Physical activity and exercise in reducing endometriosis symptomsFeb 18, 2022
The role of physical activity and exercise on endometriosis-related symptom relief is yet to be elucidated
- Well-designed, methodological randomized controlled trials are needed to correctly evaluate the effects of physical activity and exercise on endometriosis-related symptoms.
- It is known that regular, high-intensity exercise creates an anti-inflammatory environment.
- This mechanism calls for physical activity and exercise as new therapeutic approaches in the symptomatic treatment of endometriosis.
What's done here
- This is a systematic review of the literature that evaluates the effect of physical activity and exercise for reducing endometriosis-related symptoms.
- By a search of 11 databases in accordance with PRISMA guidelines and eligibility, inclusion, and quality assessment, 3 studies were taken into account.
- Quality assessment, risk of bias, and exercise intervention assessment were performed on these studies.
- The effect of the intervention on pain, mental health, well-being, and pelvic floor dysfunction was evaluated.
- A total of 109 patients were included in these studies.
- The degree of daily pain was found to be decreased in one study, reduced stress levels were seen in one study.
- Even though some improvement was seen in pain intensity, stress levels, well-being, or self-image in these studies, the effect of physical activity and exercise alone could not be determined.
Strength and limitations
- The strengths include originality, rigorous search strategy, and methodological robustness.
- The limitations are the low grade of evidence that could be obtained from the previous studies, the small samples, confounding factors, heterogeneity of interventions, and poor reporting of details about the exercise intervention and outcome measures.
The treatment modalities to date on endometriosis have focused on the symptomatic relief and management of chronic pain. Hormonal suppression sometimes shows intolerable side effects and is known to lose effect after some time. Surgical interventions may not provide a permanent solution. Non-pharmacological and less interventional supportive treatment methods have been getting popular. Physical activity and exercise for relieving the symptoms related to endometriosis have been recommended in the clinical guidelines as new approaches.
Tennfjord et al. from Norway have conducted a systematic review study in which they reviewed the literature to assess the outcomes of endometriosis symptoms in patients who were performing physical activity and/or exercise. The study was published in the October 2021 issue of the journal BMC Women’s Health.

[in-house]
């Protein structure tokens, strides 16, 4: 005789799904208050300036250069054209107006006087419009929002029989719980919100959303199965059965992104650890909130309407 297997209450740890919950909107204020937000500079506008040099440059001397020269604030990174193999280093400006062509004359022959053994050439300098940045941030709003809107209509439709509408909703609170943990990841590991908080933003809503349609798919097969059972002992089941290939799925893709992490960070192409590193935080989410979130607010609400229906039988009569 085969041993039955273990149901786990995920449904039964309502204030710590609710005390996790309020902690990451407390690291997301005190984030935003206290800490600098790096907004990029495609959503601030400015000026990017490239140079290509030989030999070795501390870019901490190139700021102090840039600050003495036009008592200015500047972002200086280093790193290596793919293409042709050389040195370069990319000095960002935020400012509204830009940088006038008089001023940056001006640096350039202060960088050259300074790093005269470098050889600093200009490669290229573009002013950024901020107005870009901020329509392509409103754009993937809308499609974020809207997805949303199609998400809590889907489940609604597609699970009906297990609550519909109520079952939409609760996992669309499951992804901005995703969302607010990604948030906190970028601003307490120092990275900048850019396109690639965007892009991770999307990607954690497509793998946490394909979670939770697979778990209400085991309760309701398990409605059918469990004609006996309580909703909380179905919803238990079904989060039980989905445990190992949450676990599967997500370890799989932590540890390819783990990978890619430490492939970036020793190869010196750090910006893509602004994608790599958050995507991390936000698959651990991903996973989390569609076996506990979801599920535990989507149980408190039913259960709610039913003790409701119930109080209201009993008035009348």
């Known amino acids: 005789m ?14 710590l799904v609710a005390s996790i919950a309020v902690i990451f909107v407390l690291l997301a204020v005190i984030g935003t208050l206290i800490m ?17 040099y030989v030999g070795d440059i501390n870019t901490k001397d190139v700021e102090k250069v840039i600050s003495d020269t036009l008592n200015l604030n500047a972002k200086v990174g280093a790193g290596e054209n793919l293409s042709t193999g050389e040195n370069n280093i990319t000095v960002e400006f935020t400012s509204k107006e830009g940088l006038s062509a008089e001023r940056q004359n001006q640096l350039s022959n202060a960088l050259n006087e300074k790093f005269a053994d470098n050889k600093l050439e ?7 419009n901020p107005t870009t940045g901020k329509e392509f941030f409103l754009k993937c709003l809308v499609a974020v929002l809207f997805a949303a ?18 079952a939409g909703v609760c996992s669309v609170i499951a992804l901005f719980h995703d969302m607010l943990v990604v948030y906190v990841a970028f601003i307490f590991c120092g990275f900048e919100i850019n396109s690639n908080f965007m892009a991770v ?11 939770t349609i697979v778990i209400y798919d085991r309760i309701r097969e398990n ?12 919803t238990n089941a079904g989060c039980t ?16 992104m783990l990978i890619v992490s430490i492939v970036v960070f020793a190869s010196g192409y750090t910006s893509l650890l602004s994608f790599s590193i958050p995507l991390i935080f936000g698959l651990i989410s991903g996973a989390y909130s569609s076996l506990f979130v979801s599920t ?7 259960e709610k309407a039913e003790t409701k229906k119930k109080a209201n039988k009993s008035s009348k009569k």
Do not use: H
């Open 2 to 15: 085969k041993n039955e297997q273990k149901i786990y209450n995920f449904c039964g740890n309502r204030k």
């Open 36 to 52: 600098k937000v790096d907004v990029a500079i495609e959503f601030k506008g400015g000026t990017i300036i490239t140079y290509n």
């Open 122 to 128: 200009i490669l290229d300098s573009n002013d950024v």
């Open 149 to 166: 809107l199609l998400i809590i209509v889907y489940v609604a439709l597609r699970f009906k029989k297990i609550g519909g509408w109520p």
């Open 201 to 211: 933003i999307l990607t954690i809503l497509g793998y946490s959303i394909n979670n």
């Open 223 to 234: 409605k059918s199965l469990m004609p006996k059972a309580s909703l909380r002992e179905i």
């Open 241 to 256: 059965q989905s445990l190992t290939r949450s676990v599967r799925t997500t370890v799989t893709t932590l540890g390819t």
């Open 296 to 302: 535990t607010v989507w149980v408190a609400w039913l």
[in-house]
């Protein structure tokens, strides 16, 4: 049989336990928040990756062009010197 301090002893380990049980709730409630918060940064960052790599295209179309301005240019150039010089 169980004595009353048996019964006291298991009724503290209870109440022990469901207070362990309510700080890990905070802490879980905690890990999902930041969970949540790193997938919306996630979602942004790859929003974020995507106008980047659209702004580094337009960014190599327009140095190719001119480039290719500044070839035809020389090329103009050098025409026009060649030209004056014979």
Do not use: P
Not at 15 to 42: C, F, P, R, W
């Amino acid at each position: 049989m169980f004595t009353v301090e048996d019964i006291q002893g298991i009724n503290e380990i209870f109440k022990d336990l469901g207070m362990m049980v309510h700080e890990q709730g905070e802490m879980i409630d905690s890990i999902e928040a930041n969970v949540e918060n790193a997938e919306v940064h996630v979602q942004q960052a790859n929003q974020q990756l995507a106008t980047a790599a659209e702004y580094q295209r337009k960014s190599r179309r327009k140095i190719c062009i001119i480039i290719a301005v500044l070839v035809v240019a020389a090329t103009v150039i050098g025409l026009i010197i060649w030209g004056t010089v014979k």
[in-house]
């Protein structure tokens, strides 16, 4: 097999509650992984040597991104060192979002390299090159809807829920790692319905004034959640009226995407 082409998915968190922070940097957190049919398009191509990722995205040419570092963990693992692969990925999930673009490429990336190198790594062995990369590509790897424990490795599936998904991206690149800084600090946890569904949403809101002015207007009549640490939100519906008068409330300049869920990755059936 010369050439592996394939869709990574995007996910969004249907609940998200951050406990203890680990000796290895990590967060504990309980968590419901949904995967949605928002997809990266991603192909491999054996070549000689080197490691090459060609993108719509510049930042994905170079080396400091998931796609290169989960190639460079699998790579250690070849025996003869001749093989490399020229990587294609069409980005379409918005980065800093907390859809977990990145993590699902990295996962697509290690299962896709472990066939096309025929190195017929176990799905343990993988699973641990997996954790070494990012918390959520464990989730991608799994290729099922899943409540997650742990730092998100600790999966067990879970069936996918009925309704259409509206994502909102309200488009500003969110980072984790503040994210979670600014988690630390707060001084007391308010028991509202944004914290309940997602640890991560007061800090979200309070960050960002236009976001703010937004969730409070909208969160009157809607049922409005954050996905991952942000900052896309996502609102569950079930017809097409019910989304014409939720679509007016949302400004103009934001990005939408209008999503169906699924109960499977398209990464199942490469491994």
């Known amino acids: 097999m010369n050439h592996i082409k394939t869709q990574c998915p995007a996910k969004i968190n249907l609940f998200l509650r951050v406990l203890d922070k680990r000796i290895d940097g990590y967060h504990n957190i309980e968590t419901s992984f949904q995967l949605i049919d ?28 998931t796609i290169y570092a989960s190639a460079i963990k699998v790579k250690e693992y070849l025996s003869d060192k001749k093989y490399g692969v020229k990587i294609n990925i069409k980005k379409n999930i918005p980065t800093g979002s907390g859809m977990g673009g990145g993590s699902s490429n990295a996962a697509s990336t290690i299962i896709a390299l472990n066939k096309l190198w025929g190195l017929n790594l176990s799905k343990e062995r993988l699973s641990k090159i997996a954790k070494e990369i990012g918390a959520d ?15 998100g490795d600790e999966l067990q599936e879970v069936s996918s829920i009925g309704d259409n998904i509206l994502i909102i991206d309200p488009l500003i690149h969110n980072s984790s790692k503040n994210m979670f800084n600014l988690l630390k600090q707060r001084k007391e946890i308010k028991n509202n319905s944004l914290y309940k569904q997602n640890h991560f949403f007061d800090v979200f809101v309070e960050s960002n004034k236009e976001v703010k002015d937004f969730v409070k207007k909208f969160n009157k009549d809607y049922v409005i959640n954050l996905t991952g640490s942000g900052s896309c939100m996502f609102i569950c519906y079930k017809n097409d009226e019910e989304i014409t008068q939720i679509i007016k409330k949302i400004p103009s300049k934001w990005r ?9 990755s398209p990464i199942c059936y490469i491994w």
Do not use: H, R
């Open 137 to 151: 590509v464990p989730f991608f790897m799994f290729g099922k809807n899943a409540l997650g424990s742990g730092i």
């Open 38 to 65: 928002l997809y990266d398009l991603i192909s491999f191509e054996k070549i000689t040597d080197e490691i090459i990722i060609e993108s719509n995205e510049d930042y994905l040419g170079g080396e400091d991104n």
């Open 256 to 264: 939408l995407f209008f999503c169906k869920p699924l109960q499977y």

A total of 11 databases were searched in accordance with the PRISMA guidelines. There were three studies that matched the inclusion criteria and were assessed in terms of quality. They included flexibility and strength training, cardiovascular fitness, and yoga.
There were a total of 109 patients with chronic pelvic pain in these studies with no provided history of prior treatment methods. Improvement was seen in pain intensity, stress levels, well-being, or self-image in these studies however, the effect of physical activity and exercise alone could not be determined. The degree of daily pain was found to be reduced in one study in which the scores in pain-related domains on Endometriosis Health Profile-30 were significantly lower in the yoga group. Only one study showed a decrease in stress levels.
The anti-inflammatory effect of regular, high-intensity exercise has been known however, the studies lacked the knowledge of exercise progression therefore the authors stated they could only speculate the possible effects of high-intensity exercise on endometriosis patients. The authors discuss the insufficiency of the existing literature on the effects of physical activity and exercise on endometriosis-related symptoms and add that there are a couple of ongoing randomized controlled trials that are investigating the core outcomes such as pain, quality of life, acceptability, and patient satisfaction and there is a need for more methodologically planned studies on the subject.
Research Source: https://pubmed.ncbi.nlm.nih.gov/34627209/
endometriosis chronic pelvic pain physical activity exercise symptoms pain pelvic stress well-being self-image